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Screening for Resistance to and Pathogenic Specialization of Fusarium oxysporum f. sp. phaseoli, the Causal Agent of Bean Yellows. Raul de L. D. Ribeiro, Research Assistant, Department of Plant Pathology, University of Wisconsin, Madison 53706; D. J. Hagedorn, professor, Department of Plant Pathology, University of Wisconsin, Madison 53706. Phytopathology 69:272-276. Accepted for publication 31 August 1978. Copyright 1979 The American Phytopathological Society. DOI: 10.1094/Phyto-69-272.

Bean cultivars were root-dip inoculated with suspensions of microconidia of Fusarium oxysporum f. sp. phaseoli and placed in chambers at 20, 24, and 28 C. Although optimum temperature for growth of the fungus in vitro was about 28 C, a variable proportion of plants of a susceptible cultivar (Bush Blue Lake 274) did not develop symptoms of wilt when incubated at 28 C after inoculation. All plants developed symptoms at 20 C even with the lowest inoculum level. The cultivar Preto Uberabinha behaved as resistant regardless of the test conditions employed, whereas the cultivar Tenderette was resistant to inoculum containing 104 conidia/ml, but completely susceptible to that containing 106 conidia/ml. The differential response of bean cultivars and lines inoculated with strains from Brazil, the USA, and The Netherlands allowed the characterization of two pathogenic races of F. oxysporum f. sp. phaseoli. The European and North American strains appeared to represent a single race, and the Brazilian strains a different race. The strains from the USA and Europe were highly virulent on Phaseolus coccineus, whereas the Brazilian strains failed to induce wilting symptoms on this species.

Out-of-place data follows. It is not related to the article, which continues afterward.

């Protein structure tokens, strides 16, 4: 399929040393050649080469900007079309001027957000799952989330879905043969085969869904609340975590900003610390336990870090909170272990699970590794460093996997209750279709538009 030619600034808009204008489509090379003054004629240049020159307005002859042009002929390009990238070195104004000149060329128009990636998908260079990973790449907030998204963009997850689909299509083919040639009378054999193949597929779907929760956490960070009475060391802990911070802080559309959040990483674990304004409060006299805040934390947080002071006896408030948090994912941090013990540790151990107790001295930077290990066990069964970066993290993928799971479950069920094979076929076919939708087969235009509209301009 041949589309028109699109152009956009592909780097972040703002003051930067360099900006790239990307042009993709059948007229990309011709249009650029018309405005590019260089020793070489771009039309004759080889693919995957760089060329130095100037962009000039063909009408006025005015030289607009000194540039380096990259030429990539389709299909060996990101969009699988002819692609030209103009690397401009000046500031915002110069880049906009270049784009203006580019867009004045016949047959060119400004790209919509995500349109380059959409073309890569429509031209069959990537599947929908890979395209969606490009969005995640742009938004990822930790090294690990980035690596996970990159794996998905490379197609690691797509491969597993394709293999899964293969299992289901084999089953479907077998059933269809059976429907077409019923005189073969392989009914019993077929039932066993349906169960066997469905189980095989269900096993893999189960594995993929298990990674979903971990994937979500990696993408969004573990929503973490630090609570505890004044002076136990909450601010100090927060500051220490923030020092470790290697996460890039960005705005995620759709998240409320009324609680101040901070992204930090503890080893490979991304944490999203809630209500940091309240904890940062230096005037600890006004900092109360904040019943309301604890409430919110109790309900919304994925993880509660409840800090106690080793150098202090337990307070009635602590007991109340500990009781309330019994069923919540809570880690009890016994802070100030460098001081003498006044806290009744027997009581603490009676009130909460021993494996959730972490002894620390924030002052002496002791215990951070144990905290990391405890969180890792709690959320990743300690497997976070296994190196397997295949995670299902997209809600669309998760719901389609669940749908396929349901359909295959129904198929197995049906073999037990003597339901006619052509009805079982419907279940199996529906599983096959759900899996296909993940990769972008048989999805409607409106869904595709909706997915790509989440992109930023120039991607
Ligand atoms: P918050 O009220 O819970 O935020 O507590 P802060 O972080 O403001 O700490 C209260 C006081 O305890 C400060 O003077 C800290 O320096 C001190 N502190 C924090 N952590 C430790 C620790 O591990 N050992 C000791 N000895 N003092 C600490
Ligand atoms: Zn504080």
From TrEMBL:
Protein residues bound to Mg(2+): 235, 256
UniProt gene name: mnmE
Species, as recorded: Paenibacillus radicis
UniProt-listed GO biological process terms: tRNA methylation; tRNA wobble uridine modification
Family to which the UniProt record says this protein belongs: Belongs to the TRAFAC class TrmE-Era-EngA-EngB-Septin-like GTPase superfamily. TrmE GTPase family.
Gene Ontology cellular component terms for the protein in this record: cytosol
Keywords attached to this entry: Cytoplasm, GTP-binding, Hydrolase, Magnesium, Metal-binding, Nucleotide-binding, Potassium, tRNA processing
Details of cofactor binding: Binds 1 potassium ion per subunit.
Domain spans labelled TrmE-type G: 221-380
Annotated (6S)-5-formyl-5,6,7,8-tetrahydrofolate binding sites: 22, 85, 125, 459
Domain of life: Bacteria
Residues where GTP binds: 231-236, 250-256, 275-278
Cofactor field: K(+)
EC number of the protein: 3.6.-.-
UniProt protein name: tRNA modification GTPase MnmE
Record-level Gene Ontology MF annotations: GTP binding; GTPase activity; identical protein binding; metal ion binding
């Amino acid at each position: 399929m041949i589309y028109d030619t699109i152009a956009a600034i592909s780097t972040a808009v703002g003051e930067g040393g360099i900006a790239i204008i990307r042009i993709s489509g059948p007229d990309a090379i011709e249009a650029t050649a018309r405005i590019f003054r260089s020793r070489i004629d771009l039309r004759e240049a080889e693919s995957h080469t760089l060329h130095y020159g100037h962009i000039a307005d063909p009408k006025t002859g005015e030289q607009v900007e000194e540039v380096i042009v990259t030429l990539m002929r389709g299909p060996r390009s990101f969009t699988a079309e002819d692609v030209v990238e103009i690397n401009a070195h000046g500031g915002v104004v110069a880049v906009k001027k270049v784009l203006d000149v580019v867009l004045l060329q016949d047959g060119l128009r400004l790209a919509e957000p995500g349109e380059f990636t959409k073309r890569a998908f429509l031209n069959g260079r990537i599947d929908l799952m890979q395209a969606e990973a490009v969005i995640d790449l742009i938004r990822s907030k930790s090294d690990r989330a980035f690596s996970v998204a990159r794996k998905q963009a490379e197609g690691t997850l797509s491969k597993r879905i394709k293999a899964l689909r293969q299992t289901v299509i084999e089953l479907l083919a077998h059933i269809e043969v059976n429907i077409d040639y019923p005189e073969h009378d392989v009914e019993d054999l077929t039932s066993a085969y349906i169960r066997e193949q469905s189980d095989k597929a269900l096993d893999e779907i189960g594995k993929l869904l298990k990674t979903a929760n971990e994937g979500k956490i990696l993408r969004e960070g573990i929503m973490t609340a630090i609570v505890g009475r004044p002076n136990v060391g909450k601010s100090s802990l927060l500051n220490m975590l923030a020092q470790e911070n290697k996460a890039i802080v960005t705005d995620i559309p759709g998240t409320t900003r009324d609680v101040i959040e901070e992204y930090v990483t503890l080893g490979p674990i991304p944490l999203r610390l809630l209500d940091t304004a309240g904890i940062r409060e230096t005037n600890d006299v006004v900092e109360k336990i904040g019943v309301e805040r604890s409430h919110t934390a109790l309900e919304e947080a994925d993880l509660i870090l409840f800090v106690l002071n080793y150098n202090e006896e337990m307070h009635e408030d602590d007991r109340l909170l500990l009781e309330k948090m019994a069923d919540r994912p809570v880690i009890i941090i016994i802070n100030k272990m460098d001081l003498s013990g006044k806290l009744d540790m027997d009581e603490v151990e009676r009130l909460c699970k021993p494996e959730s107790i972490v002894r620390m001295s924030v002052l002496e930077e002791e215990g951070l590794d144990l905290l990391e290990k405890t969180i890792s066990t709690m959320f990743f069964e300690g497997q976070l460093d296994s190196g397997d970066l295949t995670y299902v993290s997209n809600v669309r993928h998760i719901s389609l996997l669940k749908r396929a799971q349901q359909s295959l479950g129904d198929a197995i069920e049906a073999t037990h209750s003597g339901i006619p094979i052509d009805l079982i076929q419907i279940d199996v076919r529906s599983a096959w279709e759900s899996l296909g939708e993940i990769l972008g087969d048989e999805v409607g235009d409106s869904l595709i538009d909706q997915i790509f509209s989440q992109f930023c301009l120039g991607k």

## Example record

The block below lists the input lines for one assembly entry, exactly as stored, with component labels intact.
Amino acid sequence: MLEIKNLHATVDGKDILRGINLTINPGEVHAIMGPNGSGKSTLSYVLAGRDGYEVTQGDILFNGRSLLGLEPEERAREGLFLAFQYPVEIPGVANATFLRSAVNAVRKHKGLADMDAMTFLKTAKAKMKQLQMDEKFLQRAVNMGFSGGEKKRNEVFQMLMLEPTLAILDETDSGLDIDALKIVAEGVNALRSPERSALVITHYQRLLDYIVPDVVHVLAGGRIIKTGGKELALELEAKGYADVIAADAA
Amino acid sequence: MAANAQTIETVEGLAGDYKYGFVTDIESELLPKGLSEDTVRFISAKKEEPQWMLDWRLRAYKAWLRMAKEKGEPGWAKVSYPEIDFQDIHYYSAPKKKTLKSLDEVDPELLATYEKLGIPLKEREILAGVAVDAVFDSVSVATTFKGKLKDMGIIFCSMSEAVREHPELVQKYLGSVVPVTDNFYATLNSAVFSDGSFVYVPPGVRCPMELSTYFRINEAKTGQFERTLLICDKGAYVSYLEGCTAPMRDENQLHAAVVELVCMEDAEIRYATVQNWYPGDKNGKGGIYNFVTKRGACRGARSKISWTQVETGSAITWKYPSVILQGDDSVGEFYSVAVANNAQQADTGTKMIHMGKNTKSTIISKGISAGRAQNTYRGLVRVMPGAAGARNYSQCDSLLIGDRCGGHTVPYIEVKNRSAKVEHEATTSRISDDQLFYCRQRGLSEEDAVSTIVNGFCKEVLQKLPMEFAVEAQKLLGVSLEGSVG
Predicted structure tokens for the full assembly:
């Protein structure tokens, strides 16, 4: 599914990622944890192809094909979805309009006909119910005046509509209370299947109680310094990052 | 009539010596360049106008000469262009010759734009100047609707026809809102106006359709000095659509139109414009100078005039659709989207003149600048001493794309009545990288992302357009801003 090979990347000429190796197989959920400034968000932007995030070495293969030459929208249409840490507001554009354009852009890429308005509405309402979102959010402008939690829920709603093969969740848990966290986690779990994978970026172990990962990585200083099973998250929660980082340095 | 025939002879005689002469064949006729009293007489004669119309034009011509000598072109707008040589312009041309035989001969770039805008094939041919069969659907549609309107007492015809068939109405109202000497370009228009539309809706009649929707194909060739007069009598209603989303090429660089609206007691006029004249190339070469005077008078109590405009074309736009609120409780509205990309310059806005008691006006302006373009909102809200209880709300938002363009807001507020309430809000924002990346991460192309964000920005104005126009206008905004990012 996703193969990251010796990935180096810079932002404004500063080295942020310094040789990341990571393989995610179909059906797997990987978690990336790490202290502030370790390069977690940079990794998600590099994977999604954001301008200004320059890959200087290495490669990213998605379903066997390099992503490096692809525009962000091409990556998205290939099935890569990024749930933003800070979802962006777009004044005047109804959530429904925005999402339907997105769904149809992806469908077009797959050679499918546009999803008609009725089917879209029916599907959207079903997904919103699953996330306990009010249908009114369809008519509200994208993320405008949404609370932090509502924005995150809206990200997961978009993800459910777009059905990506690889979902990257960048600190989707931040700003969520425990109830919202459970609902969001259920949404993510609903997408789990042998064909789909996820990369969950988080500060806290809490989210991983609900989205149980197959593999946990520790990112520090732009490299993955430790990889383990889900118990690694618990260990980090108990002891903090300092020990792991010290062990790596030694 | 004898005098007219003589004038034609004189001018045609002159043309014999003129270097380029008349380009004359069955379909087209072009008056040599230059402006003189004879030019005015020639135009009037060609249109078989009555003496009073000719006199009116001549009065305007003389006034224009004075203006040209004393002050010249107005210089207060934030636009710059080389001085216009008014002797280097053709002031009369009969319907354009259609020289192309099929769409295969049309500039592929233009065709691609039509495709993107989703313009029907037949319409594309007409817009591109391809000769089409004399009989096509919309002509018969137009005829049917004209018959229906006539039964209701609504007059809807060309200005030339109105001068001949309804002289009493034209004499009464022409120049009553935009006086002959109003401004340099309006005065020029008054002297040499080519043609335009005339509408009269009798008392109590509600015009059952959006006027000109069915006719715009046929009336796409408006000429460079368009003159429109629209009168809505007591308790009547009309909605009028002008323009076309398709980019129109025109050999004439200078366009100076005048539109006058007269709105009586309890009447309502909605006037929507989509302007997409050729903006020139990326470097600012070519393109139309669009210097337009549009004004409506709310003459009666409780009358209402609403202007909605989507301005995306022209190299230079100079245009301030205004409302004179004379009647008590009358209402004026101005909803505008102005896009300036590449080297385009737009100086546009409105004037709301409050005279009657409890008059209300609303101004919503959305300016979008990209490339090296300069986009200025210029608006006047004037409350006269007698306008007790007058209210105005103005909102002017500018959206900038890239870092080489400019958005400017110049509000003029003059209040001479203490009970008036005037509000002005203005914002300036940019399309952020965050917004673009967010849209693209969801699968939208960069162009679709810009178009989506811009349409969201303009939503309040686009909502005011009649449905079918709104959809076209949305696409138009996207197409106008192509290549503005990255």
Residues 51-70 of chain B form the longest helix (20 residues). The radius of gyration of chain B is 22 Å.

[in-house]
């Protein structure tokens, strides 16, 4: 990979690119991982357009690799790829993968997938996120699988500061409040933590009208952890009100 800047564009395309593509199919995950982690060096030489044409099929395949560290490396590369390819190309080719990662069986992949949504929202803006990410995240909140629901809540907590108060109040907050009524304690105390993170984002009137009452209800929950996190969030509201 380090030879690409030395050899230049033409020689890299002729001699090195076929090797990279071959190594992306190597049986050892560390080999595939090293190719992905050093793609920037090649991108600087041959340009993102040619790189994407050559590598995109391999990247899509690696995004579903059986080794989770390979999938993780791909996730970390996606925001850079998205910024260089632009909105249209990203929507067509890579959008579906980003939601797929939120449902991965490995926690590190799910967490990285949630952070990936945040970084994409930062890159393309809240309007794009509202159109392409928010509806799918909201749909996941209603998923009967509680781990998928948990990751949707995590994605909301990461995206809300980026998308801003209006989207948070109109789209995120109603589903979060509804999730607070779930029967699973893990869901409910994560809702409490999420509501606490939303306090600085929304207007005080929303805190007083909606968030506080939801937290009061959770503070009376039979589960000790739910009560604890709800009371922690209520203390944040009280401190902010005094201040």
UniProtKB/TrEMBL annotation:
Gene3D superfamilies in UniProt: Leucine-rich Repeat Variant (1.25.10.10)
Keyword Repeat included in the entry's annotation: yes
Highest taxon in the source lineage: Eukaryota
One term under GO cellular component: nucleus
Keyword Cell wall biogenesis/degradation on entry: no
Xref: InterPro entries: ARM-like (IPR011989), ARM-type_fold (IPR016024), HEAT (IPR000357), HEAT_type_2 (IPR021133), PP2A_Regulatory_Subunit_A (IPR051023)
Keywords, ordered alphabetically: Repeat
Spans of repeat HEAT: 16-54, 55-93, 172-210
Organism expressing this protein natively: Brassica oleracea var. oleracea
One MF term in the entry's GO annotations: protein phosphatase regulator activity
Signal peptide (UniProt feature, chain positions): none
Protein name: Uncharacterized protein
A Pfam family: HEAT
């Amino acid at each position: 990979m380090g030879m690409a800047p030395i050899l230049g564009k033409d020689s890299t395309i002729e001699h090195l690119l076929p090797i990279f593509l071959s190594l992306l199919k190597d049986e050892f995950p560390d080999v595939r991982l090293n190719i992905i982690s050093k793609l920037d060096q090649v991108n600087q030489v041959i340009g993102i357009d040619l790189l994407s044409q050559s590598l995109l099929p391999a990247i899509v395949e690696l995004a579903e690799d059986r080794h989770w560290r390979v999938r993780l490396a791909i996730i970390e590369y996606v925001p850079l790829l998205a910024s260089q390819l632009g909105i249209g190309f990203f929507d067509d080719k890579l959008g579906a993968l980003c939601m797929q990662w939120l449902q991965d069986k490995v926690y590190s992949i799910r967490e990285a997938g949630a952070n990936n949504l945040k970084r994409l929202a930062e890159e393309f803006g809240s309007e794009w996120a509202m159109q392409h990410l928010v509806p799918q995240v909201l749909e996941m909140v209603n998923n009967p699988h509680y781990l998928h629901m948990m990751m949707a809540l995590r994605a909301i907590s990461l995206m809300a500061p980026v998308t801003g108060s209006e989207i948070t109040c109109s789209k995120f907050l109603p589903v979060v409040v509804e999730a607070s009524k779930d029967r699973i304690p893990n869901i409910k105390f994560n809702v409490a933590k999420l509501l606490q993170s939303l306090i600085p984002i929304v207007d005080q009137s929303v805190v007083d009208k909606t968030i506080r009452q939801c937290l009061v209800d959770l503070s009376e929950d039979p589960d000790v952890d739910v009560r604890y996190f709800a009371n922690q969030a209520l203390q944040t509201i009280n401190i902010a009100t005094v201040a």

Additional keywords: Phaseolus vulgaris, Fusarium wilt, host reaction.